“Painting for me lies in the pure pleasure of invention,” Francis Picabia wrote in 1927.
“Working on the Picabia exhibition even led to my own inventions! Here I am in my hand-painted costume inspired by the artist’s designs for his Relâche dancers. Everything is more fun when you’re wearing dots!”
Wrote this after seeing the tumblr prompt “Remember Me” where one character helps another remember something and wanted to to a little reincarnation one.
Loki finds an old mask inside The Teutoburg Forest.
They say finding a mask inside The Teutoburg Forest is quite rare. So When Loki and his parents joined the rest of the group and ventured into the forest, following their balding tour guide, Loki didn’t really expect to find one. Except he did.
It was sunny when they went it. The skies were clear and Loki rolled the sleeves of his leather jacket up until they reached his elbows. He zipped the jacket all the way up when they got ready to leave the hotel because his dad took one look outside and said that everything looks so grey out there it has to be chilly but it wasn’t. It was warm inside the bus and Loki took the jacket off for a while and kept it on his knees, but when they all spotted those dark treetops inching closer to the large windows he put it back on and he heard his dad’s voice over the music swaying in his ears going ‘good call’. It was still warm when they stepped out of the bus and by the time they were walking around the Hermann Monument soaking in all those details about the war chief Arminius defeating three Roman legions under Varus in 9 CE, his hair felt like it was beginning to stick to the back of his neck and his cheeks got all red.
They had their lunch there in the shade of some trees with that 175.3 ft tall monument standing motionless in the sun and Loki watched the shadows catching in all the right places, clinging to the crook of Arminius’ elbow, to the folds of skin right above his knees, and covering his eyes and Loki couldn’t see them at all. Arminius was wielding a sword, pointing it at the sun and half of it was light and the other half was shadow.
His mom and dad kept taking pictures of it while sharing a cigarette and it wasn’t long before Loki started toying with his phone, shuffling through all that music with the glare of the sun making his eyes all itchy and watery, forcing him to squint, touching the light colored birthmark resting there over his heart because sometimes it got all tender. He loved everything history related, but this monument with all its shadows and hot copper plates made him feel uneasy. So when their tour guide made sure no one left a single plastic bag or fork or some kind of wrapper lying around and said it’s time to go Loki jumped to his feet so fast his parents gave him a look and he only shrugged, took his earphones out and stuffed them in his pocket along with his phone.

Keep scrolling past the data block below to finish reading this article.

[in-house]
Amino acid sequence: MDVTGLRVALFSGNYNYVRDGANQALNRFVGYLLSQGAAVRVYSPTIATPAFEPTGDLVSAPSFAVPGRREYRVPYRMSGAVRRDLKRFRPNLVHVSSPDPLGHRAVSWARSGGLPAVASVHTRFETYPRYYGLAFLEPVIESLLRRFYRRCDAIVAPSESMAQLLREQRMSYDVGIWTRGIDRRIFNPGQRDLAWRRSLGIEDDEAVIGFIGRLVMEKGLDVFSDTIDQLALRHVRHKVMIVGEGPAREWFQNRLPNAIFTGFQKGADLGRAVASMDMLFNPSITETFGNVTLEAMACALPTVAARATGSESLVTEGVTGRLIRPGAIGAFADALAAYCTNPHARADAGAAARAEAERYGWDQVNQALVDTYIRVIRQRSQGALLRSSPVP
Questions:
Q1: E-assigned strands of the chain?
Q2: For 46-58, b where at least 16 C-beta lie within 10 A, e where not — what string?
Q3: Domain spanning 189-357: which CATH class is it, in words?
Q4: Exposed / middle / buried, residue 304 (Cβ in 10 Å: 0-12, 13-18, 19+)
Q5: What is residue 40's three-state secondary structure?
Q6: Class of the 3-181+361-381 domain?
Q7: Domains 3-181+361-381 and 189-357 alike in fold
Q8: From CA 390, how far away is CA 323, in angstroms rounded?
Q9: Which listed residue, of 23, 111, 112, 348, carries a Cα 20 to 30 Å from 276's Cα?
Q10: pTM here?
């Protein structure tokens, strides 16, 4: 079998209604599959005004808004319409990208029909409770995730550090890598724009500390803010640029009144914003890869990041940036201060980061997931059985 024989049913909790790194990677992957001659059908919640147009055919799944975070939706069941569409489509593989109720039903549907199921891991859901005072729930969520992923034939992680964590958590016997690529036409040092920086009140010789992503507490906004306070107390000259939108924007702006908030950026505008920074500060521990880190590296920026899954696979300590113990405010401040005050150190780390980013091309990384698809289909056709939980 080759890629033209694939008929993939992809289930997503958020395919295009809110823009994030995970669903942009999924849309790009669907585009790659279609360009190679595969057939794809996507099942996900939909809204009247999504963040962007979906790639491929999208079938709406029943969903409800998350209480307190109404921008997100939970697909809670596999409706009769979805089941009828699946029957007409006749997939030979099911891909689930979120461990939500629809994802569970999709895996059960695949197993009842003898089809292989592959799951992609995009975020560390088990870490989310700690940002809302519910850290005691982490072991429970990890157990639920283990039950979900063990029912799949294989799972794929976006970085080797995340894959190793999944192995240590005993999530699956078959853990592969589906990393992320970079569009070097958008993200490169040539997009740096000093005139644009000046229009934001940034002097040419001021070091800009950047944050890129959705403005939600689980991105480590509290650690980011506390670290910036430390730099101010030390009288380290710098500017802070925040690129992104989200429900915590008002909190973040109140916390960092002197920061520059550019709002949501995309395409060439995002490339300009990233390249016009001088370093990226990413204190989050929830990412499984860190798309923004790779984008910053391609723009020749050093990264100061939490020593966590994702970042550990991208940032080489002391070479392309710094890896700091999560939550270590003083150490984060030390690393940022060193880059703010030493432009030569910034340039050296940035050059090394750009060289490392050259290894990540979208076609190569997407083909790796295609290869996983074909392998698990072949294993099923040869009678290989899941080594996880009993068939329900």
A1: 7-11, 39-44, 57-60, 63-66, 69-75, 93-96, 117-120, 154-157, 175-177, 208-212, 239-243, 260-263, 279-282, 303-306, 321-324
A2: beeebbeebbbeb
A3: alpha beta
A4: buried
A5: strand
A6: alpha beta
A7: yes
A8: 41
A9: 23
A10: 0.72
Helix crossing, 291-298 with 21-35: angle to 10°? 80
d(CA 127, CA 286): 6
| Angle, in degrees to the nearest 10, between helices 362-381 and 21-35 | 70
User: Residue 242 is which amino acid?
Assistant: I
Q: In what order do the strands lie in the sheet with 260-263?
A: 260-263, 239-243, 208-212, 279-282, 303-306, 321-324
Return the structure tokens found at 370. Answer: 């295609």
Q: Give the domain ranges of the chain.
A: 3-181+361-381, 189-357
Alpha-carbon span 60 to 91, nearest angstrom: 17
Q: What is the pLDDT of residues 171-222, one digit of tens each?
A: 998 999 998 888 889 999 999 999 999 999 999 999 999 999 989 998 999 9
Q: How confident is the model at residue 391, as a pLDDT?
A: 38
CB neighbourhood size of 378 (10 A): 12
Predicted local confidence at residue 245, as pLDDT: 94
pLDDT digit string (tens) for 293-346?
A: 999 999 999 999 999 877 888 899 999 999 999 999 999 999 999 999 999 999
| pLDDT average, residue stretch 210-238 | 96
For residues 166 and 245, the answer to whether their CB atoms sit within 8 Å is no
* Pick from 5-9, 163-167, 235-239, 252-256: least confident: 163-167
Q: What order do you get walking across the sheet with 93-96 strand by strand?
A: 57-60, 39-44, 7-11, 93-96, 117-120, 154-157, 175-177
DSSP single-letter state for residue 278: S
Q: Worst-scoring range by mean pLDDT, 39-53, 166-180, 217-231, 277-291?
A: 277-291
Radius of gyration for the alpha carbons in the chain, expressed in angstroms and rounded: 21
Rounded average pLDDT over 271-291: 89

The Hermann Monument is located on a tiny hill and their little group of maybe twenty or so had to make its way down and retrace its steps in order to get back to their tiny bus where the seats were so crowded there was no way you could just sit there without having your shoulders pressing against the shoulders of those sitting to your left and right.
Loki hadn’t really noticed when it started to get cold; it felt like it was really warm until suddenly it wasn’t and he found himself tugging on the sleeves of his jacket , bringing them down to his wrists and zipping the jacket up.
This light breeze came out of nowhere and when it moved over his cheeks it felt like glass dust. Loki paused for a moment and looked up. The sun was almost gone and the trees along the path were whispering in soft female voices that made the hairs on Loki’s arms stand on end.
It was his mom and his dad was standing next to her with one hand in his pocket motioning for him to catch up because he was day dreaming again and it wasn’t exactly this new thing.
This time Loki was grateful for the warmth inside the tour bus and spent the following hour and a half sitting there with his earphones on but he wasn’t listening to music or to an audiobook, he just had them on so his mom and dad won’t bother him because that view of those tall trees just turning into a soft blur of green and grey and brown with the speed and time passing it by just had him captivated and he couldn’t and didn’t want to look away.
It was supposed to be just this little peek into the area inside The Teutoburg Forest where Arminius’ men slaughtered three Roman legions sent by the Emperor Augustus and led by Varus to cross the Rhine and conquer the lands. With Melville the tour guide leading the way, they left the bus behind and ventured deeper into the forest, following what Melville believed was the path the Romans took when they marched forward to their deaths.
Loki’s parents were more than a few steps ahead of Loki, talking, using that tone of voice people use when they converse about horrible things that happened a long time ago, sad, but also a little excited.